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Childress blamed, Busch cleared over pit lane fight

"The biggest topic today [is] to be sure that today's event went on correctly and safely for everybody involved and [for] both the Richard Childress Racing and Joe Gibbs Racing organisations. We've been clear to them that both Joe Gibbs and Richard Childress meet with their teams to be sure that nobody from their organisation felt like that there was anything that needed to be done on their side."

In the press conference, Helton said repeatedly that on the evidence currently before them, NASCAR had come to the firm decision that Kyle Busch had done nothing to instigate the altercation or been the aggressor, either with the on-track bump with Coulter or subsequently in the garage area with Childress himself.

"In our opinion Kyle Busch did not violate his probation," Helton said, confirming that he did not foresee any penalties being handed to the controversial driver. "We've concluded that the driver of the 18 truck, Kyle Busch, did nothing to provoke or cause the reactions, in our opinion, would have violated probation, did nothing that warranted the actions of Richard Childress."

He did however go on to add: "Unless you know something that we don't know, I'm not sure what he did in the garage that would have been in question ... I'm not going to go through all the details. We haven't seen anything that indicated that Kyle violated his probation on the race track yesterday or in the garage area."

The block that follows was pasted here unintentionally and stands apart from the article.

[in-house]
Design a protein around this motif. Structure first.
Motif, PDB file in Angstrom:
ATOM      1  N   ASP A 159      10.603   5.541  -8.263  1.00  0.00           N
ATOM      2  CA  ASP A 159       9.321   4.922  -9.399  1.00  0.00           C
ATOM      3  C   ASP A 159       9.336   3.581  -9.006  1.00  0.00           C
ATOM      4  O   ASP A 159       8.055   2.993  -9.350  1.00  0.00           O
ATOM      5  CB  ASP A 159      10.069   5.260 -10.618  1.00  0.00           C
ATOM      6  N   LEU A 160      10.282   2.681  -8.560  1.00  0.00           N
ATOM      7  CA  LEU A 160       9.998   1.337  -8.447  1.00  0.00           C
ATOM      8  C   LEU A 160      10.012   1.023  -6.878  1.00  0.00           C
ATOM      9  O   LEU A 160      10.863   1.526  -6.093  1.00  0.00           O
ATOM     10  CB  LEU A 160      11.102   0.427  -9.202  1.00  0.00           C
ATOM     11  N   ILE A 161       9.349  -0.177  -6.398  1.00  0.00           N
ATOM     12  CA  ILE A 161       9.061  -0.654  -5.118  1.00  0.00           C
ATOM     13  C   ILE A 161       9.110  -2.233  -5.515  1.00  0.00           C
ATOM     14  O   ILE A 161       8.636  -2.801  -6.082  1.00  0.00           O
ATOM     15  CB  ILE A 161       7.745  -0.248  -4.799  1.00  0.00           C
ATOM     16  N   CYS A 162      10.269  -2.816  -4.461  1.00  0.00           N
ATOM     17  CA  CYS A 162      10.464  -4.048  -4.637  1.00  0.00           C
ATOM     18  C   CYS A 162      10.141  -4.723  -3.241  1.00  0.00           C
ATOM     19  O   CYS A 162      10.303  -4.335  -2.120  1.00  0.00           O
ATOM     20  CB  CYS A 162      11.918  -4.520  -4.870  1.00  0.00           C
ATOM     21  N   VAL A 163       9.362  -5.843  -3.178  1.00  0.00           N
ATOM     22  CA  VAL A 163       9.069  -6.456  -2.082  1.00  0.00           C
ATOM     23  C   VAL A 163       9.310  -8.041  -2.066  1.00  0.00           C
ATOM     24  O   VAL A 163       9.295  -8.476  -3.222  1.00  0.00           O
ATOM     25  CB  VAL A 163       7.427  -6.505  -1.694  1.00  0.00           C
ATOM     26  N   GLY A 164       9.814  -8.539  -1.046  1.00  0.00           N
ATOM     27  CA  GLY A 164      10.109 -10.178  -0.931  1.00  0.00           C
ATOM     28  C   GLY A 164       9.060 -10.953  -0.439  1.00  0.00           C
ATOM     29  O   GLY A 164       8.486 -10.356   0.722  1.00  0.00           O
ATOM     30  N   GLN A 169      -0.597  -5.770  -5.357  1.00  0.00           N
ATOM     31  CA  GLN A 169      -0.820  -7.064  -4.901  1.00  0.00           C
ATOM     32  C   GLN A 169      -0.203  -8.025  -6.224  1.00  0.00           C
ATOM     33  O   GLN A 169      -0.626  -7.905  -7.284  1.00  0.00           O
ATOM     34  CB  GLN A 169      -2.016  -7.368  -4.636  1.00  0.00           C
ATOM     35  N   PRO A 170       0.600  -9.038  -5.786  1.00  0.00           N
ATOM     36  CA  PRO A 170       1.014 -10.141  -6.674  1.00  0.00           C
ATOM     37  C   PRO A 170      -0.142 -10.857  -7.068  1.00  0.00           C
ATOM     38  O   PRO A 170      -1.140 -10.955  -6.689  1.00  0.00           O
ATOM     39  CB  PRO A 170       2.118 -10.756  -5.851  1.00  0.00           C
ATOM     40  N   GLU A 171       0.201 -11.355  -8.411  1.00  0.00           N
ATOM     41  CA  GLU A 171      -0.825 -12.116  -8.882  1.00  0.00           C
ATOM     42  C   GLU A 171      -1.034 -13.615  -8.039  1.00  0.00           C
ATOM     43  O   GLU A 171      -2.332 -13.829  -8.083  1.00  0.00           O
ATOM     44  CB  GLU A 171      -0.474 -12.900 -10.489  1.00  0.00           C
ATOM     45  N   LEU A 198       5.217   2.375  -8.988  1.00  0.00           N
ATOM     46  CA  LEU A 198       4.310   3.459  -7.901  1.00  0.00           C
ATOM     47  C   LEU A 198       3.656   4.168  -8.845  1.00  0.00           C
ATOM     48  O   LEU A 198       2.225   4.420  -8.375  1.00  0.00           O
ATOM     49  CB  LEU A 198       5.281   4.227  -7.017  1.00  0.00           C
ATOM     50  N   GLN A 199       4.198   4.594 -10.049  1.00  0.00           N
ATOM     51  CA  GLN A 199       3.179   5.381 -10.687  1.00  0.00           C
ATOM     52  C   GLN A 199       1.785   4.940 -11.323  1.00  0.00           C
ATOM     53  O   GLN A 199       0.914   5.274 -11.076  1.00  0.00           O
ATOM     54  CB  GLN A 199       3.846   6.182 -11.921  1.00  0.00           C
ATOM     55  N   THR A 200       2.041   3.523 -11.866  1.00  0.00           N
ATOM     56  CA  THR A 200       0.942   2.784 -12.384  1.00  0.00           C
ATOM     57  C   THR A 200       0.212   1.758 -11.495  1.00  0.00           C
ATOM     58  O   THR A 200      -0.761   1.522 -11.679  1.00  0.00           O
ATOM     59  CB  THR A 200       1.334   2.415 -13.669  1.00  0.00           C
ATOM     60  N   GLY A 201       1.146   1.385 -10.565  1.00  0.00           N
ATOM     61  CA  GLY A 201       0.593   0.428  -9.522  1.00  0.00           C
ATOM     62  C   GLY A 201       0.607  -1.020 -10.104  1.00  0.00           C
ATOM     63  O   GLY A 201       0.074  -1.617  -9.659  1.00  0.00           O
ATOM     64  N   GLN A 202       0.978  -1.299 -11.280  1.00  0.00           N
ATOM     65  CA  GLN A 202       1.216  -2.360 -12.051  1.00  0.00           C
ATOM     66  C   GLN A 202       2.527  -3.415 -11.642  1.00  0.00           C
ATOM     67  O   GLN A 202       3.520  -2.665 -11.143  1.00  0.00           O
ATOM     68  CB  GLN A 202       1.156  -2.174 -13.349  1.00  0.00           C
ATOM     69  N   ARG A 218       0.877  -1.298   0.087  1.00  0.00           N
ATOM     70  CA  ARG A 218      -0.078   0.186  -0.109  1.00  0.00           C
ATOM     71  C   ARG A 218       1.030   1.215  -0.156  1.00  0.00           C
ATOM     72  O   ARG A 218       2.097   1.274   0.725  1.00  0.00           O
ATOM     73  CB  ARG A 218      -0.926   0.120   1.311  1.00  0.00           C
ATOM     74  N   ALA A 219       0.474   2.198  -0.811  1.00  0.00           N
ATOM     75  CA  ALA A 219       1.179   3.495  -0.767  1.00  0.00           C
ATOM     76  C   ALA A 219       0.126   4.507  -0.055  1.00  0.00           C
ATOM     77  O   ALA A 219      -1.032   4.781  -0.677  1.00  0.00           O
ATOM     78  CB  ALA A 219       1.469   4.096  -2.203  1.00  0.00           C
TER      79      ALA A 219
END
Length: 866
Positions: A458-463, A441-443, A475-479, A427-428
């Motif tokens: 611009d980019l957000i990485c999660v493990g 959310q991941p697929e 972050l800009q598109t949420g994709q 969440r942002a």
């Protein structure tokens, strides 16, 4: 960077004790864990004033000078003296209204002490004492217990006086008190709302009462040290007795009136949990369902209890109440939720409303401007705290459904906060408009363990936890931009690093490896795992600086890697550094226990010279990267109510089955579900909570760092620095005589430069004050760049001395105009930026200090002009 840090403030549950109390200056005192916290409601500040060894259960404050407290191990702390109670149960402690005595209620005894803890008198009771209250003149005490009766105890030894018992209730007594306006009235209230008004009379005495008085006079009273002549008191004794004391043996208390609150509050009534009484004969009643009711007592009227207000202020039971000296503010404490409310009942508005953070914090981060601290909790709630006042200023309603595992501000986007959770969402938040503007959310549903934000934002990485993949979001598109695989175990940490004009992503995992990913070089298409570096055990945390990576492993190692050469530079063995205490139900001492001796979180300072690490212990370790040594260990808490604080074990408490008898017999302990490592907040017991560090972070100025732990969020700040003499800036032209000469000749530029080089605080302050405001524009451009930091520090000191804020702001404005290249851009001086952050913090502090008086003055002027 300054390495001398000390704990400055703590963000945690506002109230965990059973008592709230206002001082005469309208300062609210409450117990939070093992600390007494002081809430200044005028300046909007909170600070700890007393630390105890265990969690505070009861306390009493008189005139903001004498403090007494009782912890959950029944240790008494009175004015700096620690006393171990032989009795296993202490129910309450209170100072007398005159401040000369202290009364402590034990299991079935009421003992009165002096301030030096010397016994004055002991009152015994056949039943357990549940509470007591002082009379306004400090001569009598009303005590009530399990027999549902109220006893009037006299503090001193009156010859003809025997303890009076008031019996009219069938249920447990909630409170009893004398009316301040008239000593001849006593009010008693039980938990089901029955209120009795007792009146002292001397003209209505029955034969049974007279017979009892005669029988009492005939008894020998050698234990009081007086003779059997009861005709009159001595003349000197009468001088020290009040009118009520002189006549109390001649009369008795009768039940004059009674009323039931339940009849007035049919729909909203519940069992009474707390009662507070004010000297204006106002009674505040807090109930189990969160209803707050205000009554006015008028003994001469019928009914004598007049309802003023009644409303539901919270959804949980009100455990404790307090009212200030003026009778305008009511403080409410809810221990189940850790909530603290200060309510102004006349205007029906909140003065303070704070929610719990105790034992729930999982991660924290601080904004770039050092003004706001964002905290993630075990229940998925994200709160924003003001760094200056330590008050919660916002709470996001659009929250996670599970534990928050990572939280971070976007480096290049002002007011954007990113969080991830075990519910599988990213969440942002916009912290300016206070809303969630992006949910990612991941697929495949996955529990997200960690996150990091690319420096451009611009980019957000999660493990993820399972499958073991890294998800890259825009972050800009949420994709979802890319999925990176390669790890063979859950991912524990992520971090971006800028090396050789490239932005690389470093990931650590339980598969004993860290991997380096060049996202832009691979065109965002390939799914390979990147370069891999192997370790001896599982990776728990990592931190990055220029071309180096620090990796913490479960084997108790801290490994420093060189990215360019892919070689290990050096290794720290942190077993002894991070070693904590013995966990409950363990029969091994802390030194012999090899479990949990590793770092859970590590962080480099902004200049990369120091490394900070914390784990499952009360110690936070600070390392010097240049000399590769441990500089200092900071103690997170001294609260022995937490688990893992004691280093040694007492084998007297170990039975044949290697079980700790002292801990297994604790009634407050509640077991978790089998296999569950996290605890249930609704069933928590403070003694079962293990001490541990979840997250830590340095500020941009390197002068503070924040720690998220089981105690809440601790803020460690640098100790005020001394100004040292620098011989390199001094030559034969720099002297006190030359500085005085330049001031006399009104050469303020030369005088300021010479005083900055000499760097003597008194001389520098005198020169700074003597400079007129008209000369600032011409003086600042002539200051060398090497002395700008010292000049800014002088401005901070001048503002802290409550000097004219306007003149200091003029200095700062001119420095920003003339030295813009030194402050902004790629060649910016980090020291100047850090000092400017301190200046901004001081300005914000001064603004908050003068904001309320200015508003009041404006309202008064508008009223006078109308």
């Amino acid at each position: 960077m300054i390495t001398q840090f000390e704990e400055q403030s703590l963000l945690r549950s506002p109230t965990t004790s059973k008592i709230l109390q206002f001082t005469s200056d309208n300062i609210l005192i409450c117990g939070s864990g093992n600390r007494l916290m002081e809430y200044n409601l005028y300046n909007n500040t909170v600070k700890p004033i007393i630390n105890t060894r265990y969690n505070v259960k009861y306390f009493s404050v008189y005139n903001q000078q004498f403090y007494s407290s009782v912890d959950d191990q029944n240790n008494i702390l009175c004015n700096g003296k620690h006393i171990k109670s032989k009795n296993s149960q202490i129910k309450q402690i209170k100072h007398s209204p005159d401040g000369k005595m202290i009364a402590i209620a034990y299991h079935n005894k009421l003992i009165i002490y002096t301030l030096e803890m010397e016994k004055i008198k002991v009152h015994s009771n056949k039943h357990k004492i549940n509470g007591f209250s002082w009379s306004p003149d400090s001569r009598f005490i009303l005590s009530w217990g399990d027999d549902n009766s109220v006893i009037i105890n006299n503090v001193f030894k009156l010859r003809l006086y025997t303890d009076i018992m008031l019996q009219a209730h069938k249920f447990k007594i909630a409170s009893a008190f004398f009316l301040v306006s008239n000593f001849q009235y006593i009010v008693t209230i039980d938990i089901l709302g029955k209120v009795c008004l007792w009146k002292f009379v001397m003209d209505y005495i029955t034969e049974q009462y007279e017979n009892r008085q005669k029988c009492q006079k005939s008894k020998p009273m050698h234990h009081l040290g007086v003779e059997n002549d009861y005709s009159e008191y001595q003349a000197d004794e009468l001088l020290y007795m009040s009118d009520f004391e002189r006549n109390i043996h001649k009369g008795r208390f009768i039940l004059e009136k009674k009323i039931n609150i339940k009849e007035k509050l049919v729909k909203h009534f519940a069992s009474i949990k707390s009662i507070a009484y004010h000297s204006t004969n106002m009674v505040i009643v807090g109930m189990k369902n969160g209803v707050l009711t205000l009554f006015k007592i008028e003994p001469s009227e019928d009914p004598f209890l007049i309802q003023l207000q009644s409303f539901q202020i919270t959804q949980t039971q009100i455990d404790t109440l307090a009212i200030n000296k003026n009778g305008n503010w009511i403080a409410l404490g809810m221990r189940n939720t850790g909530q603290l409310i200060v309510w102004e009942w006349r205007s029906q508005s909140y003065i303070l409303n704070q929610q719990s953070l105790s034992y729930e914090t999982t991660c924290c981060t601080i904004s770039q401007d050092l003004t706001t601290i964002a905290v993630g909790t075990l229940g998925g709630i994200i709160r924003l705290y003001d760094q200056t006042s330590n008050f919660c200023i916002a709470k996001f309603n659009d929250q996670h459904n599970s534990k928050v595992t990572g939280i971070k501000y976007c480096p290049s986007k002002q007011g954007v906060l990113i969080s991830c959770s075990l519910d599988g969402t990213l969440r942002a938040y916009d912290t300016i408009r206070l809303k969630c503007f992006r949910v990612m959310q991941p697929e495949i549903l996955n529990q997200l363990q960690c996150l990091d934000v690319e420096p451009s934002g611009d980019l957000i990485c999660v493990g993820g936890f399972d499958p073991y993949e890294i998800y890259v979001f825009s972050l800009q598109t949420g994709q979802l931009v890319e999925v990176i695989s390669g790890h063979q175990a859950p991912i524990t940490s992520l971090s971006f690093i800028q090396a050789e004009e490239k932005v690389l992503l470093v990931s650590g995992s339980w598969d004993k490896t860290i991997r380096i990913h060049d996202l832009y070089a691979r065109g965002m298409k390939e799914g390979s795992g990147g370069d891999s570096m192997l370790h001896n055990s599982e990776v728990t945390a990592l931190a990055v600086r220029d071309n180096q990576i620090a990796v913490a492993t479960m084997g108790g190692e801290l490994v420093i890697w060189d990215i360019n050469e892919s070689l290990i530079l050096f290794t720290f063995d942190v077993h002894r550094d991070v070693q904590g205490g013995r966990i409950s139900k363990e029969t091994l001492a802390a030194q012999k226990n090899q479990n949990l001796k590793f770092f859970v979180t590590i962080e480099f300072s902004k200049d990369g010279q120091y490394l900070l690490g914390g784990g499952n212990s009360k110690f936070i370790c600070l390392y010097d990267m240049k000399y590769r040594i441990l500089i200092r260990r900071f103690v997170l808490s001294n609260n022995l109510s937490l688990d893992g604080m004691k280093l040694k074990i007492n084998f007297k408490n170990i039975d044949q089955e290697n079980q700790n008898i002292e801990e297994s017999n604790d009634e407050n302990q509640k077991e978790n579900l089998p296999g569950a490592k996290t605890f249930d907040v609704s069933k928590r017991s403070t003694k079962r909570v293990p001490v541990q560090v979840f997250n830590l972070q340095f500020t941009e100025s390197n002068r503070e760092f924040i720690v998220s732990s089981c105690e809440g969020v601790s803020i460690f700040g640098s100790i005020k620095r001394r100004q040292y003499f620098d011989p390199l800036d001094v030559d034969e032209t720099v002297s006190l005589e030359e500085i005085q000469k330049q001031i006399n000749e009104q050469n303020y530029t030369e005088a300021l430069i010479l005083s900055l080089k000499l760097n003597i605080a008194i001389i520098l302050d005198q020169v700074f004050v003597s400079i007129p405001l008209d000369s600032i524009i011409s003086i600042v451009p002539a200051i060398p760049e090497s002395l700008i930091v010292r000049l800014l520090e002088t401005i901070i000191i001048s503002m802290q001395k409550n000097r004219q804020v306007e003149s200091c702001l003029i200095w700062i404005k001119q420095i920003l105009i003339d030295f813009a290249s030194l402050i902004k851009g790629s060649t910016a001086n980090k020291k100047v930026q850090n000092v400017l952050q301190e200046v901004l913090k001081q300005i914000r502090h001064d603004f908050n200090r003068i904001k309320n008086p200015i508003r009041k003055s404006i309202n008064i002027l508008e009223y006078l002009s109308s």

Helton insisted that Busch's case had been reviewed as a general member of NASCAR and that no differentiation had been made based on his driver and owner roles and not in a wider context of ongoing rows between Busch and Childress' teams. "Our authority is around NASCAR members, and that's the way we look at them - as NASCAR members. Certainly we investigate to get the totality of everything we need to make the decision, but the reaction from NASCAR is focused on what happened yesterday."

The official NASCAR statement followed a parade of people into the NASCAR hauler on Sunday morning, including Childress, Busch and Joe Gibbs, for whom Busch drives in the Sprint Cup series. None of them had any comment either entering or leaving the hauler - Gibbs said simply "I don't think right now is the time to be talking about this" - and Childress himself left via the back exit to avoid reporters.

When a reporter did catch up to him later in the morning and asked whether Childress would be at the track for the rest of the day, all the team owner could do was shrug and say "I hope."

The two came to blows after the end of the O'Reilly Auto Parts 250 Truck Series race at Kansas Speedway. Kyle Busch, driving the #18 truck for his Kyle Busch Motorsports team, had not been happy with the way that Richard Childress Racing rookie Joey Coulter overtook him for fifth place on the final lap and gave him a bump on the cool-down lap after the chequered flag.

Childress showed up at the Busch garage 30 minutes after the end of the race having reportedly taken offence at Busch's comments, then handed his watch to his grandson Austin Dillon (another competitor in the Truck series) - and allegedly got the 26-year-old Busch in a headlock before proceeding to hit him multiple times in the face. Busch fell to the ground and curled up "in a defensive position" but when he tried to get up, the 65-year-old Childress again tried to hit him.

When he showed up for his turn in the NASCAR hauler this morning, Busch was pointedly not wearing sunglasses to make sure there was no suggestion that he was sporting a black eye from the incident.




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Kyle Busch, driver of the #18 M&M`s Crispy Toyota, celebrates winning the series championship and the race with his team after the NASCAR Sprint Cup Series Ford EcoBoost 400 at Homestead-Miami Speedway on November 22, 2015 in Homestead, Florida. (Photo Credit: Chris Trotman/NASCAR via Getty Images)
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